Despite the incidence of metatarsal fractures and the associated risk of significant disability, little is known about the biomechanical properties (strength and stiffness) of metatarsal bones. In most cases a single metatarsal bone (first, second and fifth) has been investigated. An extensive investigation of the biomechanical properties of the metatarsal bones is essential in the understanding and prevention of metatarsal injuries. Entire sets of metatarsal bones from four feet were tested. The first foot was used to fine-tune the testing set-ups. To measure the stiffness, each metatarsal bone was subjected to non-destructive four-point-bending in the sagittal and transverse planes, axial compression and torsion. Strain was measured at two locations. To measure the strength, each metatarsal bone was tested to failure in torsion. Significant differences (p <0.0001) existed among the stiffness of the five metatarsal bones: (i) in torsion the first metatarsal bone was 23 times stiffer than the others; (ii) in four-point-bending and axial compression this difference was less pronounced than in torsion; (iii) differences were smaller among the other metatarsal bones; (iv) the second metatarsal bone was less stiff than the third and fourth in bending. The second, third and fourth metatarsal bones were stiffer in the sagittal than in the transverse plane (p <0.0001). Conversely, there was no significant difference between the two planes of bending for the first and fifth bones. During destructive testing, all metatarsal bones exhibited a linear elastic behavior and brittle failure. The torsional strength at failure ranged between 1.9 Nm and 6.9 Nm. The first metatarsal bone was stronger than all the others. Stiffness in different loading conditions and failure were measured and compared for all metatarsal bones. These data corroborate previous biomechanical studies concerning the role and load sharing of the different metatarsal bones.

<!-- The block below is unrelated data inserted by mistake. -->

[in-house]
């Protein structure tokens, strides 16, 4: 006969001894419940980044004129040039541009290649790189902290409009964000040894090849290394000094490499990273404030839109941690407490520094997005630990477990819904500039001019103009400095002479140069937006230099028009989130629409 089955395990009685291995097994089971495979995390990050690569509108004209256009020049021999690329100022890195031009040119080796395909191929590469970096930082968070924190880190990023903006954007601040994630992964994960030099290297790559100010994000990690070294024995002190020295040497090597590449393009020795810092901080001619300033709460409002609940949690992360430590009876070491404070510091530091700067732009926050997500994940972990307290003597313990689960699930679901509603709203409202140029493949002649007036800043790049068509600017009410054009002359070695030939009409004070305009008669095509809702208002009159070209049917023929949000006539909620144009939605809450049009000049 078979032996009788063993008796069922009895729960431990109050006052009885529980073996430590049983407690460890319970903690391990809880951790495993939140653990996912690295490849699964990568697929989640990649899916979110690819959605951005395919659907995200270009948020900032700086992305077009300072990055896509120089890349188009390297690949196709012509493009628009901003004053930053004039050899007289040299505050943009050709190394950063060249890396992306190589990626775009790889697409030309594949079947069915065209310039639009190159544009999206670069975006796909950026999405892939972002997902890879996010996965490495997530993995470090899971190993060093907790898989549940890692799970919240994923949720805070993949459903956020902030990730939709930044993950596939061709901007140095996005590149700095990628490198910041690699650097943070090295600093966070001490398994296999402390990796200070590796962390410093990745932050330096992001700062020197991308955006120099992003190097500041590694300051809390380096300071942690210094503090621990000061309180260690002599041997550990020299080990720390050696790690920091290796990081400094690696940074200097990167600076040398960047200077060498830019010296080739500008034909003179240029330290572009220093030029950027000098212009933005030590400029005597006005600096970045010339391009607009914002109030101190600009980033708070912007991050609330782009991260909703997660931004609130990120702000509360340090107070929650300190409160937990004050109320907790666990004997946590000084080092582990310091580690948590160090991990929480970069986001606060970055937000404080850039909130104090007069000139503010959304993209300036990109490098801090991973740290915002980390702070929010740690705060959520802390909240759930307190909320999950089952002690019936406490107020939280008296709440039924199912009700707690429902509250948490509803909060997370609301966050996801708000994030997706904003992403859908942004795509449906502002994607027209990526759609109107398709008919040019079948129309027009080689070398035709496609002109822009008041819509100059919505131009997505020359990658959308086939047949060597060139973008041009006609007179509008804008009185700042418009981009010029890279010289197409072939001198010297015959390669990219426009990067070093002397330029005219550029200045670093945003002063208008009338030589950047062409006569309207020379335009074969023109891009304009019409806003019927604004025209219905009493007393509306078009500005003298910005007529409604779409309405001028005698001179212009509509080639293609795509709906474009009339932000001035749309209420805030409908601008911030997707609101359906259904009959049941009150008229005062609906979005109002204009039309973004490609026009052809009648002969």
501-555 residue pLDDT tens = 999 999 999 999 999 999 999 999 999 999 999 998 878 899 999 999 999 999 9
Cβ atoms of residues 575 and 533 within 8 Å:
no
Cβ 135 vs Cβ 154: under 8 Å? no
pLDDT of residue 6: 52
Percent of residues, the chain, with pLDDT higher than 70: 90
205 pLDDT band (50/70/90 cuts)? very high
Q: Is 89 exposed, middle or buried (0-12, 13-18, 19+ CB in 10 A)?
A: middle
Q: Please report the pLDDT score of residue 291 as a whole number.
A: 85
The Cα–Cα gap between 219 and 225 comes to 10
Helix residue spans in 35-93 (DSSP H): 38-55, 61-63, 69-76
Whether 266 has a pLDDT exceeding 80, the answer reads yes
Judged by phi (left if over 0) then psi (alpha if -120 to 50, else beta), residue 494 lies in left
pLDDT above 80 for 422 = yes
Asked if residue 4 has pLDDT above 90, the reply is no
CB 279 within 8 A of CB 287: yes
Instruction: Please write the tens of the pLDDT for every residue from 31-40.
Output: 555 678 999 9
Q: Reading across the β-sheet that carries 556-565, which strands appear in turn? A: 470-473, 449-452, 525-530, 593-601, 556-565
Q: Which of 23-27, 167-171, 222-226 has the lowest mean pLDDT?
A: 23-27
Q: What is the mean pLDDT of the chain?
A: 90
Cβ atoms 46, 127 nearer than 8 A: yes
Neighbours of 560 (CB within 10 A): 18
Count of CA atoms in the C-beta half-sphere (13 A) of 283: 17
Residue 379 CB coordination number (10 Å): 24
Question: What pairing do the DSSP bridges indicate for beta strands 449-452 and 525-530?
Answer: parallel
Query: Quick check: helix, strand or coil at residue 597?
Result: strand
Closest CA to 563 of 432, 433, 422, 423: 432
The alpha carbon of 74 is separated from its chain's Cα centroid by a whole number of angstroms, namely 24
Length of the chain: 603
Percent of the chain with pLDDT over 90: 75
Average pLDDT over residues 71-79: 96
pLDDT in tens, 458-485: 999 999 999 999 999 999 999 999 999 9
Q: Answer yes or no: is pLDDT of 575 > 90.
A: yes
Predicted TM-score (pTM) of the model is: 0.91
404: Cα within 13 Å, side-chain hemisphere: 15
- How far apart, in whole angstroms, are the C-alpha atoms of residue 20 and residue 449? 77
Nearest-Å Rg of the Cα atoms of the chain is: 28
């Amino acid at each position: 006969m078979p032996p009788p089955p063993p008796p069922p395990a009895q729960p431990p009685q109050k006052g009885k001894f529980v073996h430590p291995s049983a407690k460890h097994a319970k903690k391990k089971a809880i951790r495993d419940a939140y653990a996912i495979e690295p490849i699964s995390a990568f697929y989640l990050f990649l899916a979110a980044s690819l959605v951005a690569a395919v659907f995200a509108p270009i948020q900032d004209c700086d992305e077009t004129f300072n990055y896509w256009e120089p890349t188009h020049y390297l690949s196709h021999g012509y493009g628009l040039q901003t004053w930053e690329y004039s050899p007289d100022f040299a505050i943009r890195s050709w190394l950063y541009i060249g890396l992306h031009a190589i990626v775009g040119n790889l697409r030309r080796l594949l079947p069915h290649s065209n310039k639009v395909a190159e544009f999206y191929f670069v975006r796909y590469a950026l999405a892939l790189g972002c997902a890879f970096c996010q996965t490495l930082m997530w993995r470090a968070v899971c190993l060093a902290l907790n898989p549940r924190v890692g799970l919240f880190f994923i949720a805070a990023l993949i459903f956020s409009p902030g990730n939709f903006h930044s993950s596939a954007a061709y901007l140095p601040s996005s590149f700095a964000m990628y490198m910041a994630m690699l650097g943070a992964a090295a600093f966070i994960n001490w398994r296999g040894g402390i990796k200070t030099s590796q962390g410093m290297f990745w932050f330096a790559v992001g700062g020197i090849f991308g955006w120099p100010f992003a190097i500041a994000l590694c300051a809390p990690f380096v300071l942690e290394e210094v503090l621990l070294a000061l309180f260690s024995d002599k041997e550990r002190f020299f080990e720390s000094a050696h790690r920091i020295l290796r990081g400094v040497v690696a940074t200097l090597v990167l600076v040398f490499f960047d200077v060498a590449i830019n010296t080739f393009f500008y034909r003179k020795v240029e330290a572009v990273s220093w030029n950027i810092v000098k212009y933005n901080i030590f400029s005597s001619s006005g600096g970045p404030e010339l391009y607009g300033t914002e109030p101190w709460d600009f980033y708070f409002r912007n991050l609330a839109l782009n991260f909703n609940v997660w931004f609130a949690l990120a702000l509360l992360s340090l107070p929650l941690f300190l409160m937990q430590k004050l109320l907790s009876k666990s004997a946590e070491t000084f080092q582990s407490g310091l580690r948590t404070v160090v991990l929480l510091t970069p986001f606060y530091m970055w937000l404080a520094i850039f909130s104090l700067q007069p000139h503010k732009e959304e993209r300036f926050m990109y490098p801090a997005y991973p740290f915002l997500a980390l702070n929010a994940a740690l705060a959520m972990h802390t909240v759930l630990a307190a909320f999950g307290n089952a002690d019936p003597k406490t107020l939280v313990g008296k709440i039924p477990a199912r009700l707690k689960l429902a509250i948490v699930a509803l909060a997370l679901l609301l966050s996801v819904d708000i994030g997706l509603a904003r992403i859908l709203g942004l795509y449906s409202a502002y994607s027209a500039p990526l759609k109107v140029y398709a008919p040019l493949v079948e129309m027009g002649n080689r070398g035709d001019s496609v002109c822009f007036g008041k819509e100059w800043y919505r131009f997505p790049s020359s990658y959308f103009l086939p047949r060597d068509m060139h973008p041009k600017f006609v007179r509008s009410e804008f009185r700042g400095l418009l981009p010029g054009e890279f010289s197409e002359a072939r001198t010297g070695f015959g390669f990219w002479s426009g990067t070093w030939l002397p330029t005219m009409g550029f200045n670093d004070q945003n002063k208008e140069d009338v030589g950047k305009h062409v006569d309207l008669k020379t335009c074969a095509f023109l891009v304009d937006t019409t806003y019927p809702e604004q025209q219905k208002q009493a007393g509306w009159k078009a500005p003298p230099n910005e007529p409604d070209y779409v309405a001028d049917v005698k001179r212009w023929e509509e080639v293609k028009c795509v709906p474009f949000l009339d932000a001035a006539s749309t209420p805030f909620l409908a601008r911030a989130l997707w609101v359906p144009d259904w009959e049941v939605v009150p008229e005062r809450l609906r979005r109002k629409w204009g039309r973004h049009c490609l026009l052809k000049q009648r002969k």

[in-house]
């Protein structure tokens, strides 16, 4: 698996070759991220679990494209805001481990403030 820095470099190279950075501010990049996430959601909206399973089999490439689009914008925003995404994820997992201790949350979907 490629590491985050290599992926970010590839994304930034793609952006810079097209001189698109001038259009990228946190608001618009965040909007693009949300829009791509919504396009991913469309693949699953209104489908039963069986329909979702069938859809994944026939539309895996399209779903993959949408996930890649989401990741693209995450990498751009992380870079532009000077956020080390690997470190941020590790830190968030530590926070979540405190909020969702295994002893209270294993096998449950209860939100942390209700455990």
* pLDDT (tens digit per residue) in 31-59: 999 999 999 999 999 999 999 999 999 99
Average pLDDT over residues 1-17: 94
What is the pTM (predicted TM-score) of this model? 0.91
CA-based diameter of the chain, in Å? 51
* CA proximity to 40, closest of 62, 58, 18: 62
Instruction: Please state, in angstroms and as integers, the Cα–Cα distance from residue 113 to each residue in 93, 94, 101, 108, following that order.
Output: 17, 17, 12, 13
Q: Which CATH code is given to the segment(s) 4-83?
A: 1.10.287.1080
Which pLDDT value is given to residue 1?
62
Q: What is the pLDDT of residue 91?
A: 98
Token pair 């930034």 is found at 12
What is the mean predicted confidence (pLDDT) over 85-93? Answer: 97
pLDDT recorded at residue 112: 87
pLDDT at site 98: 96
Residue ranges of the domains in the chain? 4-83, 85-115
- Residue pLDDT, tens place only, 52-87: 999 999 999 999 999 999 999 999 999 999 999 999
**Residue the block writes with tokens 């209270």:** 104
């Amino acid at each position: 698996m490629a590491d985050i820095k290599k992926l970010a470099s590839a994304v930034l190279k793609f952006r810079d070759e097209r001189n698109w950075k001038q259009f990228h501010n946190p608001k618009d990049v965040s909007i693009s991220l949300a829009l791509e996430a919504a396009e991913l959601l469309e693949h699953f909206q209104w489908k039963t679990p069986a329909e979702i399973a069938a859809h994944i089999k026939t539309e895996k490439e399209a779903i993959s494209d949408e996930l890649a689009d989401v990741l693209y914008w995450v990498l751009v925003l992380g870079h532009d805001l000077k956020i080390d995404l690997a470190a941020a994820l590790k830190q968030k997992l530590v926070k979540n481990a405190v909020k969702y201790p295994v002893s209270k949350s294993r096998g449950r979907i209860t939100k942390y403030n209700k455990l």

- bending and axial and torsional stiffness
- destructive in vitro testing
- Metatarsal bones structural mechanical properties
ASJC Scopus subject areas
- Biomedical Engineering